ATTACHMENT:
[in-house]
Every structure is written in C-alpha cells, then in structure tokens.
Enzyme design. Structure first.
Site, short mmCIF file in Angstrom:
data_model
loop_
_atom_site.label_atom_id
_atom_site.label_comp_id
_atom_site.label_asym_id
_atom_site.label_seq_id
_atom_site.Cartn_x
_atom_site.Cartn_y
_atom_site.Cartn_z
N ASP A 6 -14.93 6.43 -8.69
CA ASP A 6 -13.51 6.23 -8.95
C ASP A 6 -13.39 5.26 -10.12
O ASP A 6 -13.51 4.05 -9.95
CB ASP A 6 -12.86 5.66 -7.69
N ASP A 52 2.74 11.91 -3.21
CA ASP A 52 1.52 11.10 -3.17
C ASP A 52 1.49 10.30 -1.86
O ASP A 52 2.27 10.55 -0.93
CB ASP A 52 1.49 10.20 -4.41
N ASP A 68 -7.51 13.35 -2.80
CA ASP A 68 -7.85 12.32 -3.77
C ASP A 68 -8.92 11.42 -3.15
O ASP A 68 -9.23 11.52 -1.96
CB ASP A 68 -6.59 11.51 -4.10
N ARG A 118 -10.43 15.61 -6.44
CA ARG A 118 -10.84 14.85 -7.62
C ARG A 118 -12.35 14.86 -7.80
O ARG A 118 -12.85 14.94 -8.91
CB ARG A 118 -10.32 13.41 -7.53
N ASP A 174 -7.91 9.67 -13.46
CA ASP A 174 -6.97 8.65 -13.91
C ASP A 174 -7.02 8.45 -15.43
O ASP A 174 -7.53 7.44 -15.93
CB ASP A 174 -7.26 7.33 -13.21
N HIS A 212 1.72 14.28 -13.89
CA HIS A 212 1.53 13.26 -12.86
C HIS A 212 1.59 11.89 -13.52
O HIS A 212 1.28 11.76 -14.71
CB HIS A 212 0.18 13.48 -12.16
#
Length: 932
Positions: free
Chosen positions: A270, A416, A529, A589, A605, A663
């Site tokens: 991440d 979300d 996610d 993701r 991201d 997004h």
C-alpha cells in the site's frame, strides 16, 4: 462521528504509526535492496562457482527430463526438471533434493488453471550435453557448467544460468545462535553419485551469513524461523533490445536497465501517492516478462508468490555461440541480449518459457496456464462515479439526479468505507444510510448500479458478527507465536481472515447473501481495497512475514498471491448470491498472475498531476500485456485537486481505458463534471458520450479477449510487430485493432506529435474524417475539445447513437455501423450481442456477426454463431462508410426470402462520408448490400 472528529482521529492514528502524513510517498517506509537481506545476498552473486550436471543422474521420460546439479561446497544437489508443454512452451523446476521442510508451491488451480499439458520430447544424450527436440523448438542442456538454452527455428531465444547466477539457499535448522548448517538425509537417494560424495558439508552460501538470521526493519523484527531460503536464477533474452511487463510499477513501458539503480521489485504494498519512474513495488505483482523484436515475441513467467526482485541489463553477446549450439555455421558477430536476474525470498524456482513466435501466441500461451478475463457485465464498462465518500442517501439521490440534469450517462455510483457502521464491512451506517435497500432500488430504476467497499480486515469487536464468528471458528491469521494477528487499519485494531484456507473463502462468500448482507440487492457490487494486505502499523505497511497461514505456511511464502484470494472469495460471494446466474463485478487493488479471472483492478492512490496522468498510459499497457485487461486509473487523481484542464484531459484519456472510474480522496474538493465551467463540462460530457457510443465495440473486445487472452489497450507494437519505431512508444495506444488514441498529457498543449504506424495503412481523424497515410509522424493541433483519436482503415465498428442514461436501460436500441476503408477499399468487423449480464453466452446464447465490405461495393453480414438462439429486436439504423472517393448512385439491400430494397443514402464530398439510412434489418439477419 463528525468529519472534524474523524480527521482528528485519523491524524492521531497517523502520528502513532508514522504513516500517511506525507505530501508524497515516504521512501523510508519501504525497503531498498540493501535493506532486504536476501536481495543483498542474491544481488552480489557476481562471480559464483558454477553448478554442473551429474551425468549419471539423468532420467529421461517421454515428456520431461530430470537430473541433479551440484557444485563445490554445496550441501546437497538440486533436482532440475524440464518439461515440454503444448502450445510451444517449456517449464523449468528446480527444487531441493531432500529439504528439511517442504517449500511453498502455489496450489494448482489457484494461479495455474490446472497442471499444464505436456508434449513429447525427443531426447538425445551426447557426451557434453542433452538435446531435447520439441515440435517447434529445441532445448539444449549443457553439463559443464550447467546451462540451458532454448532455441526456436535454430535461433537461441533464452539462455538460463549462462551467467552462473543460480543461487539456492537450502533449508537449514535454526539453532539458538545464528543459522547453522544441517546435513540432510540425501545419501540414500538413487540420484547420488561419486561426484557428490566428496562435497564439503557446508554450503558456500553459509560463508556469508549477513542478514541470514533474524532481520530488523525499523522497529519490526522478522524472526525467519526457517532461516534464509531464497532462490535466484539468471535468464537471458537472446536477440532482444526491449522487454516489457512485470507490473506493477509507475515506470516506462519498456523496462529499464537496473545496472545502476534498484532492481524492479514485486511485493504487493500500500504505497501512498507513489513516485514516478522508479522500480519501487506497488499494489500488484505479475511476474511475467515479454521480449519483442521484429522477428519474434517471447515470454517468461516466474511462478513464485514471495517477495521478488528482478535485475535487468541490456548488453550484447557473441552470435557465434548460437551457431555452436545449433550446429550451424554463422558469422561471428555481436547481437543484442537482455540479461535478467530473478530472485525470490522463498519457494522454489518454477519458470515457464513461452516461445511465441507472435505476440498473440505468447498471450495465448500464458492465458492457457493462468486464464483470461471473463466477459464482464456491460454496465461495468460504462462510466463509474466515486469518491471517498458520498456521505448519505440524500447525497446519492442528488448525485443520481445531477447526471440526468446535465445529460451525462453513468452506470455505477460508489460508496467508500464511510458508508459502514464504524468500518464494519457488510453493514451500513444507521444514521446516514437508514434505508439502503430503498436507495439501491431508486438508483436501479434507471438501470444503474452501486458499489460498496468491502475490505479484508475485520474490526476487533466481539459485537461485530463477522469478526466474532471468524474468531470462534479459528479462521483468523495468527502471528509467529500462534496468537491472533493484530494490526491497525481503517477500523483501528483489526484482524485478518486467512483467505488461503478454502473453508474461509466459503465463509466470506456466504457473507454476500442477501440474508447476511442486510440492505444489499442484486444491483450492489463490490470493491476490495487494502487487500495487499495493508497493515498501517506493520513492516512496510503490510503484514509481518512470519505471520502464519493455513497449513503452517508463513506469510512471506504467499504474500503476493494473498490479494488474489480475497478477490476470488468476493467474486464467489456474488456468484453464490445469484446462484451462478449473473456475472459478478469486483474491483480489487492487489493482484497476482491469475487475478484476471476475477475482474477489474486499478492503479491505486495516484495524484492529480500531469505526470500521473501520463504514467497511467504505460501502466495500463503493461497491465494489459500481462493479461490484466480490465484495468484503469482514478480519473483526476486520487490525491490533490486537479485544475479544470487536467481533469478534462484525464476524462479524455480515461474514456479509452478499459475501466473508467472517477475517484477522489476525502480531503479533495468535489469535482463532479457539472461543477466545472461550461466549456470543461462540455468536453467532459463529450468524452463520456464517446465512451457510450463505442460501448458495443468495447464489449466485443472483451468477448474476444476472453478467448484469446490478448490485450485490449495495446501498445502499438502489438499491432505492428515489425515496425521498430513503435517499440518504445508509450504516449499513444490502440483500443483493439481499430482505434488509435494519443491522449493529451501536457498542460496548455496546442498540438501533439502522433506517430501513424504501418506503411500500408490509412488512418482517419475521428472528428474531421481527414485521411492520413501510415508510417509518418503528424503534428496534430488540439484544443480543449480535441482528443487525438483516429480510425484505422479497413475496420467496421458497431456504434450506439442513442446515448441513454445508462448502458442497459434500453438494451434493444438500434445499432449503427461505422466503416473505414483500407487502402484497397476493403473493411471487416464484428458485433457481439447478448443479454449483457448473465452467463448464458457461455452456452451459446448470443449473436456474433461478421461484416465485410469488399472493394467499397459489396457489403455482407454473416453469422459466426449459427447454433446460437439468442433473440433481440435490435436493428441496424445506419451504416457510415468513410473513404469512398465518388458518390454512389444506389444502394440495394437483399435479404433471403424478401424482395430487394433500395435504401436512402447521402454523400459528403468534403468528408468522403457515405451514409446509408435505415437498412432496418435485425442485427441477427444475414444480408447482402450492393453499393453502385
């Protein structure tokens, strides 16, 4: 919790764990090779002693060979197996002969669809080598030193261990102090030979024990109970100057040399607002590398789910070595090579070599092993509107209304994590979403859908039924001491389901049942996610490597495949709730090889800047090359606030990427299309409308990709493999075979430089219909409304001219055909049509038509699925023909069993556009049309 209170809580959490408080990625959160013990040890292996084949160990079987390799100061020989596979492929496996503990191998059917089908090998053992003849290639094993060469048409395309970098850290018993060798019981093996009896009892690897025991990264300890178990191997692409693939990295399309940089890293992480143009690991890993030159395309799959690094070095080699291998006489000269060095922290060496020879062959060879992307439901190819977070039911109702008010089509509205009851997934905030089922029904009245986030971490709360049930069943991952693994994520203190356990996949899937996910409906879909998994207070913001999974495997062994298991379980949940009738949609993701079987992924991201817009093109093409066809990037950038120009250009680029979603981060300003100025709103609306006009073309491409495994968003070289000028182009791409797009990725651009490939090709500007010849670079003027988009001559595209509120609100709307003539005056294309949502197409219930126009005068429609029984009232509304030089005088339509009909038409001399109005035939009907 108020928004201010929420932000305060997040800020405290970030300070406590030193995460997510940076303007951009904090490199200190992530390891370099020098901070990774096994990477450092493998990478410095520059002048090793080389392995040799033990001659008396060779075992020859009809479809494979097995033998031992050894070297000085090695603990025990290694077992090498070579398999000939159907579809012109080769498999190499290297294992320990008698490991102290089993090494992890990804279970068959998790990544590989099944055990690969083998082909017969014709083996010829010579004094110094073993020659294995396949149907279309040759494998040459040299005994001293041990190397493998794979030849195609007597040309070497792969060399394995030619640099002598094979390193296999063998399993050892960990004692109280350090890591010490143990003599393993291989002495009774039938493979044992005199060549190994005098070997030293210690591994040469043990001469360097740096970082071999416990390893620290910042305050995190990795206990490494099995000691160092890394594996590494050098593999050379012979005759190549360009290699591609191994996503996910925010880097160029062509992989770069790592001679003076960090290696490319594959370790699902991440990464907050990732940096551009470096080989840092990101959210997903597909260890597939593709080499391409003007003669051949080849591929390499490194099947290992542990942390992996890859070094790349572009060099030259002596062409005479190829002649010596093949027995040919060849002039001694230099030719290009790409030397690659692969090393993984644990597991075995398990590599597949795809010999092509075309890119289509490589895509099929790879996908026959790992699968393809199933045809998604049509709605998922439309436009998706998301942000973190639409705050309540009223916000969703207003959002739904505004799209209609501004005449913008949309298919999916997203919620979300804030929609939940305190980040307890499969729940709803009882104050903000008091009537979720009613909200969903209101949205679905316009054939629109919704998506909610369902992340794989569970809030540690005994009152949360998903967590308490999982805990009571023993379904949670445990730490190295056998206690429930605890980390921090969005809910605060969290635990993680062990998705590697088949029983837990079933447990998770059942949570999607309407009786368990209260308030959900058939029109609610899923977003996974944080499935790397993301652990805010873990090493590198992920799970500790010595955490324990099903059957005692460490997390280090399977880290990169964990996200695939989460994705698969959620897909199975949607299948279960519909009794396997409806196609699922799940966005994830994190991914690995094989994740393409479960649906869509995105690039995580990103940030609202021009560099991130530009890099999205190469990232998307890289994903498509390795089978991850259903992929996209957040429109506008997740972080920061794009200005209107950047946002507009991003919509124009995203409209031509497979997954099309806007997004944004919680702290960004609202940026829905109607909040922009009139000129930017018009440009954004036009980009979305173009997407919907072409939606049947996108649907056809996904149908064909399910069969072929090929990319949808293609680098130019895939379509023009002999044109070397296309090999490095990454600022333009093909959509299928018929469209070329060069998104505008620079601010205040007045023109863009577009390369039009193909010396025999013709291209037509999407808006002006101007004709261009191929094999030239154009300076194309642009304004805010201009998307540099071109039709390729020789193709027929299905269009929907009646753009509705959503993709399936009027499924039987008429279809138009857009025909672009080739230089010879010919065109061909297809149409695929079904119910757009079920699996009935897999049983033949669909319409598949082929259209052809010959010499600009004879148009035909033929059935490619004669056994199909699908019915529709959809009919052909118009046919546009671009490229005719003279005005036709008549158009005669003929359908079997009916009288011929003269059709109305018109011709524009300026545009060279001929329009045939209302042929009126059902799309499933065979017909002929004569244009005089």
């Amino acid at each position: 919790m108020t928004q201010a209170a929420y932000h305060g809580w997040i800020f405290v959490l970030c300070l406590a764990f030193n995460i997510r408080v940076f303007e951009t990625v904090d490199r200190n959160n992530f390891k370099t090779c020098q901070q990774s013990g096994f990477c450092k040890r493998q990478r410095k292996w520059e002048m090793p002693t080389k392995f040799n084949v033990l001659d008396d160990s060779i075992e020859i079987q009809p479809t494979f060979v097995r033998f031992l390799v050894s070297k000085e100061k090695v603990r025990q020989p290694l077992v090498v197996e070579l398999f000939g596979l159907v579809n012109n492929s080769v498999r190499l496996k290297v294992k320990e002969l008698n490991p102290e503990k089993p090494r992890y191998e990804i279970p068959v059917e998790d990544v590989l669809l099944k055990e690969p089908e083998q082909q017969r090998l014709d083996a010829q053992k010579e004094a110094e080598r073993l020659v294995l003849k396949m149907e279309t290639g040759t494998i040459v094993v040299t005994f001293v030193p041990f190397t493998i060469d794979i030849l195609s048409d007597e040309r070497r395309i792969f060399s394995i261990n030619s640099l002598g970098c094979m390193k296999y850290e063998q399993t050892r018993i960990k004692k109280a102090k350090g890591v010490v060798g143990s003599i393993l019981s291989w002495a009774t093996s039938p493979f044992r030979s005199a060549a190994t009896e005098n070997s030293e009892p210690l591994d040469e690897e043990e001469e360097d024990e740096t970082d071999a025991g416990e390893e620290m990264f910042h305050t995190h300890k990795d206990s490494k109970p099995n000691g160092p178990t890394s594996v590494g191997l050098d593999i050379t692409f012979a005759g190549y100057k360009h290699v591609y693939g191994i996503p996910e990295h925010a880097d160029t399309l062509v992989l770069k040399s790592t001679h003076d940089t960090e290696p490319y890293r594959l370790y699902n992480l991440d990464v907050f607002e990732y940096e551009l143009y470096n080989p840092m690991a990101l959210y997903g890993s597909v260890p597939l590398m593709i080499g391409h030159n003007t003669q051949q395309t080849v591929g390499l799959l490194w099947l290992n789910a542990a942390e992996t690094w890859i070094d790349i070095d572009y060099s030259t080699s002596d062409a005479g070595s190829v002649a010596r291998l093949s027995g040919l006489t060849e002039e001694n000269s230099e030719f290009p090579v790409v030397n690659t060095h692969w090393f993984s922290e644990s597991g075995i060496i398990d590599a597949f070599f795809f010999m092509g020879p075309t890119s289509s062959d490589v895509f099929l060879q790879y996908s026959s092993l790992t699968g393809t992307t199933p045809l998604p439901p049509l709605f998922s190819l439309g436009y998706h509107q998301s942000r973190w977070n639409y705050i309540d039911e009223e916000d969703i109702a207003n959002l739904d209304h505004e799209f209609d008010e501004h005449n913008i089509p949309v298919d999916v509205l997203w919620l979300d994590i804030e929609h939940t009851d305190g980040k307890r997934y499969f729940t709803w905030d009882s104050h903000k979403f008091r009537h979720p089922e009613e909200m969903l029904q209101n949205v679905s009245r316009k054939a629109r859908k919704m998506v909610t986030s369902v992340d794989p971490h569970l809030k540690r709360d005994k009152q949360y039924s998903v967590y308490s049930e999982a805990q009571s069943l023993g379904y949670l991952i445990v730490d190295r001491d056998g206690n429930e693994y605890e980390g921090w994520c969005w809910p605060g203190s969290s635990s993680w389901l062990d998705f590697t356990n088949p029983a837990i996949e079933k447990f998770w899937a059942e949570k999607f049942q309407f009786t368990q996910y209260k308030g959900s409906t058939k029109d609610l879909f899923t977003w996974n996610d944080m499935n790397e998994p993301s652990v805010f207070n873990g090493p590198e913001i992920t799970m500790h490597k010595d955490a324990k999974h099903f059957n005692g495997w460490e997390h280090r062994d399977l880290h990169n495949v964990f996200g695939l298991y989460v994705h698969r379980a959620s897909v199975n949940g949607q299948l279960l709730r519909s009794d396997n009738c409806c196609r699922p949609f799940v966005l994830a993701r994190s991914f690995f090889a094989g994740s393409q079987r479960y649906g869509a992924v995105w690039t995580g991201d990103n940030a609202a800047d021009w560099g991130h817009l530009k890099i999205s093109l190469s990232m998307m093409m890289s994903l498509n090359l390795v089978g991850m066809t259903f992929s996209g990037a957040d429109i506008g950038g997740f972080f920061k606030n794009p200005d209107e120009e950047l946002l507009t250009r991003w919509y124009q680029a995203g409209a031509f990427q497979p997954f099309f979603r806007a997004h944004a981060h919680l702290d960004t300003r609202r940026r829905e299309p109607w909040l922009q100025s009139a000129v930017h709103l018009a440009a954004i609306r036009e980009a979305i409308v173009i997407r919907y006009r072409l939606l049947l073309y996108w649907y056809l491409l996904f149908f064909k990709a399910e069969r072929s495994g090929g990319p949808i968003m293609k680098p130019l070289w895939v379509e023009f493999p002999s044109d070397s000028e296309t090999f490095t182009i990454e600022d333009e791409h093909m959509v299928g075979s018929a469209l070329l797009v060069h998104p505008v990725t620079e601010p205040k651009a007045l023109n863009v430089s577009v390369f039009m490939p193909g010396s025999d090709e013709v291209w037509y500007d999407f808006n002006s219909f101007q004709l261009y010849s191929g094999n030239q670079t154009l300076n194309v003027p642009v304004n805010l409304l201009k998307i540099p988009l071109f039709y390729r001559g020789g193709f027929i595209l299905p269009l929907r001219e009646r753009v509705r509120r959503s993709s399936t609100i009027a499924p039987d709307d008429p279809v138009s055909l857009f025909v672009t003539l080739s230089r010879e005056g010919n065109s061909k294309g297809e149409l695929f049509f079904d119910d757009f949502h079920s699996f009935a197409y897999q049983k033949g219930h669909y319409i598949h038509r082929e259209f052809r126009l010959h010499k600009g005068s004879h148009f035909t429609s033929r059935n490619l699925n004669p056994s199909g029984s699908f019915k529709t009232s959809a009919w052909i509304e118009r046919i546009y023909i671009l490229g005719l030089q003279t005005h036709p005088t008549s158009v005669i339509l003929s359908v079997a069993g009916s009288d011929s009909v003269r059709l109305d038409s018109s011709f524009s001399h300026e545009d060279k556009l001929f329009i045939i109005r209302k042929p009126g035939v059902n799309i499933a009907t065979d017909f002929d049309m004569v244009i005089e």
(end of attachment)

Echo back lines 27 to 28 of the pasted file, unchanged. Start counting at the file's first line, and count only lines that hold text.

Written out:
O ASP A 68 -9.23 11.52 -1.96
CB ASP A 68 -6.59 11.51 -4.10